Gina Siciliano's I Know What I Am is a formidable work of comics scholarship, including 50 pages devoted to detailed notes and bibliographic sources about the fearless artist, Artemisia Gentileschi.
I Know What I Am: The Life and Times of Artemisia Gentileschi
There's something intellectually delicious about a graphic narrative about an artist. While there are plenty of other kinds of self-referential visual art that literally draw attention to their own compositions, the best graphic narratives provide a useful counterpoint to what can otherwise devolve into art-for-art's-sake navel-gazing. There's a story. There's a constant forward-pushing narrative-drive urging readers to keep reading, to not pause over each picture but to glean the necessary information and turn the page to see what happens next. But the viewer in me still wants to pause, wants to study the paradoxical crosshatches that combine to form the figure of an artist seemingly drawing herself.
If you're like me and so are no scholar of Renaissance painting (or recipient of a good European education), you might not have heard of Artemisia Gentileschi -- but you most likely know at least one of her famous works. Artist Gina Siciliano's graphic biography will help Gentileshci's story, as well as her work, to be better known. I Know What I Am is a formidable work of comics scholarship, including 50 pages devoted to detailed notes and bibliographic sources. The notoriously research-obsessed comics writer Alan Moore may have a rival. Nick Sousanis' graphic novel Unflattening earned him a PhD from Columbia University. Perhaps Siciliano should be eligible for a similar degree.
Siciliano opens her graphic biography, I Know What I Am: The Life and Times of Artemisia Gentileschi with a title-page recreation of Gentileschi's 1610 painting, Judith Slaying Holofernese. It's an extraordinary image: two women overpowering a man and slicing through his neck with the determined diligence of a slaughterhouse crew. If you look at a photograph of the original, you'll see Siciliano's recreation is remarkably similar. Of course instead of blended oil paints, Siciliano combines the tiniest of pencil marks into areas of near blackness, suggesting an exceptionally meticulous process. But there's something else, some difficult-to-name difference in the slightly less detailed faces, how the unmarked areas of the page bring out an emotional nuance, the teetering difference between indifferent triumph and triumphant indifference.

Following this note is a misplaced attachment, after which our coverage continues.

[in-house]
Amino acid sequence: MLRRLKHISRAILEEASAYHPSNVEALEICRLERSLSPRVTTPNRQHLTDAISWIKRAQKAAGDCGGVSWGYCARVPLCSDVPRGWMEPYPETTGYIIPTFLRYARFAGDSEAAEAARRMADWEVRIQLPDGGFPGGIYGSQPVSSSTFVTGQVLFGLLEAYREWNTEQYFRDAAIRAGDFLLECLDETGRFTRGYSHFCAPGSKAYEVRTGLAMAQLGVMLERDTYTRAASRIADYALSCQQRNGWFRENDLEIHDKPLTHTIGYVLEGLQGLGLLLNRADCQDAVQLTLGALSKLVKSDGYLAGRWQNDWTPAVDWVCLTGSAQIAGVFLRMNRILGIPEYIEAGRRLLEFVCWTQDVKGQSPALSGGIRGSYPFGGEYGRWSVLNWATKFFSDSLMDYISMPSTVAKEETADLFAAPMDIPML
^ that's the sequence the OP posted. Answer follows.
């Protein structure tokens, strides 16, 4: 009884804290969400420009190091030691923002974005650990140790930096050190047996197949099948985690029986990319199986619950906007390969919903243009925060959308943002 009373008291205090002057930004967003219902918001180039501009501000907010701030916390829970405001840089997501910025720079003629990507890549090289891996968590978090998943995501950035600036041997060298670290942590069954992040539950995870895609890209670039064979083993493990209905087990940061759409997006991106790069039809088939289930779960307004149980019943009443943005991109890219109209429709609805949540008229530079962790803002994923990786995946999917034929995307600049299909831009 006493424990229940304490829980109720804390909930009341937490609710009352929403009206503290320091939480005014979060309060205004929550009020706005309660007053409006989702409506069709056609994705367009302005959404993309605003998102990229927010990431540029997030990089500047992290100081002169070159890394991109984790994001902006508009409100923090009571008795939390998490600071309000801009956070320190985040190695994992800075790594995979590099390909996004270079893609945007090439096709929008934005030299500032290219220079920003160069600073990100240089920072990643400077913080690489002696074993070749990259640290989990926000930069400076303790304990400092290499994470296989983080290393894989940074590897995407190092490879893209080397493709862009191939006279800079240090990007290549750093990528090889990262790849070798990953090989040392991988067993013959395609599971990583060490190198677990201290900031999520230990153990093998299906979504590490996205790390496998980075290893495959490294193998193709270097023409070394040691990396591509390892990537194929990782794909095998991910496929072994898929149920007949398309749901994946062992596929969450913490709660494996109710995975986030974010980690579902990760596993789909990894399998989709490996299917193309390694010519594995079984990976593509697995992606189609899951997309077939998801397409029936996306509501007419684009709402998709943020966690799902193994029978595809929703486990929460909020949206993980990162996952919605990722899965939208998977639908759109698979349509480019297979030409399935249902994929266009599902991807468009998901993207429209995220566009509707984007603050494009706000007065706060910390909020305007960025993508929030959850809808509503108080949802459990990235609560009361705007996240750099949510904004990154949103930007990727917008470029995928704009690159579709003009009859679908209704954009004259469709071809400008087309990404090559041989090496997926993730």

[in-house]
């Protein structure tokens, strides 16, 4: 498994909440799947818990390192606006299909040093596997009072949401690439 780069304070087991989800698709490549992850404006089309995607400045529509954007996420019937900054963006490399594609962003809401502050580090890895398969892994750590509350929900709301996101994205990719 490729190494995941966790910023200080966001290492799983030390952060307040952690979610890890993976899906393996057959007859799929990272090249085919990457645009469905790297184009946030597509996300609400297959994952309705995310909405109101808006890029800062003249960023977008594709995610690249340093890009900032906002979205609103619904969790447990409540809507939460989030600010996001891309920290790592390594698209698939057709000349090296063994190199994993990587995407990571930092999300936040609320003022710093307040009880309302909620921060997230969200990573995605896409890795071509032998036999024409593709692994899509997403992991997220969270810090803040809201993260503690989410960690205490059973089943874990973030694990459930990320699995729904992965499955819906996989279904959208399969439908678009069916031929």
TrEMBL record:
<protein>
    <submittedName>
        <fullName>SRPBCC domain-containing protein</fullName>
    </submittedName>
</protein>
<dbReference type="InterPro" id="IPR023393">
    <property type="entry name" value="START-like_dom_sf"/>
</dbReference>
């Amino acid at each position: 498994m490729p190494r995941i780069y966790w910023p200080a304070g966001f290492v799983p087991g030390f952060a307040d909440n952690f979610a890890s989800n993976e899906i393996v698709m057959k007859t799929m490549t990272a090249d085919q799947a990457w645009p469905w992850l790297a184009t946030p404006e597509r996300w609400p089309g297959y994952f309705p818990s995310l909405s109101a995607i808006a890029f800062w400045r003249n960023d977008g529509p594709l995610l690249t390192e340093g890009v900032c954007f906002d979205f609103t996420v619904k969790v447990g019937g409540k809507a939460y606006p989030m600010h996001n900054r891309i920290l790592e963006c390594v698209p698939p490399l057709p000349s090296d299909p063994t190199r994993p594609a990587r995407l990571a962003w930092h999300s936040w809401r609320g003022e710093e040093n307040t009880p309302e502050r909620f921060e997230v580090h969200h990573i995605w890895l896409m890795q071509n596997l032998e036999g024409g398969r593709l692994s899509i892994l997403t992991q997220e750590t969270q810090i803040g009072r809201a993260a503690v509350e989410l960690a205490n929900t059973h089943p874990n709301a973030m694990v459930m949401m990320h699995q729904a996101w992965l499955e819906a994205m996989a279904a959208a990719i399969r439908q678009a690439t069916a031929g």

(courtesy of Fantagraphics)
It's difficult not to read Siciliano's experience into that edge of difference too, since her preface opens with her first viewing of the painting and how it initiated this project. It also centers on Siciliano as a survivor of sexual abuse and Gentileschi as a rape survivor. Perhaps fearing a #MeToo backlash, Sicilian foregrounds what others might regard as her bias and aims for transparency, explaining: "That is why there's a lengthy notes section at the end, so that readers can trace all my decisions if they want to." I trust Siciliano's viewpoint but appreciate the notes all the same.
Even if you're not inclined to interrupt the narrative flow by flipping to the back of the book every time you glimpse one of Siciliano's recreations or wonder about the historical basis of an event, her scholarship is embedded in her art. Below her penciled copy of Judith Slaying Holofernese she draws the words: "ALL LOWER-CASE LETTERS REPRESENT QUOTES FROM SOURCES LISTED IN THE NOTES SECTION AND BIBLIOGRAPHY IN THE BACK." The juxtaposition is brilliantly peculiar, a righteous beheading coupled with a scholarly disclaimer. It is a fitting introduction to the hybrid narrative that follows.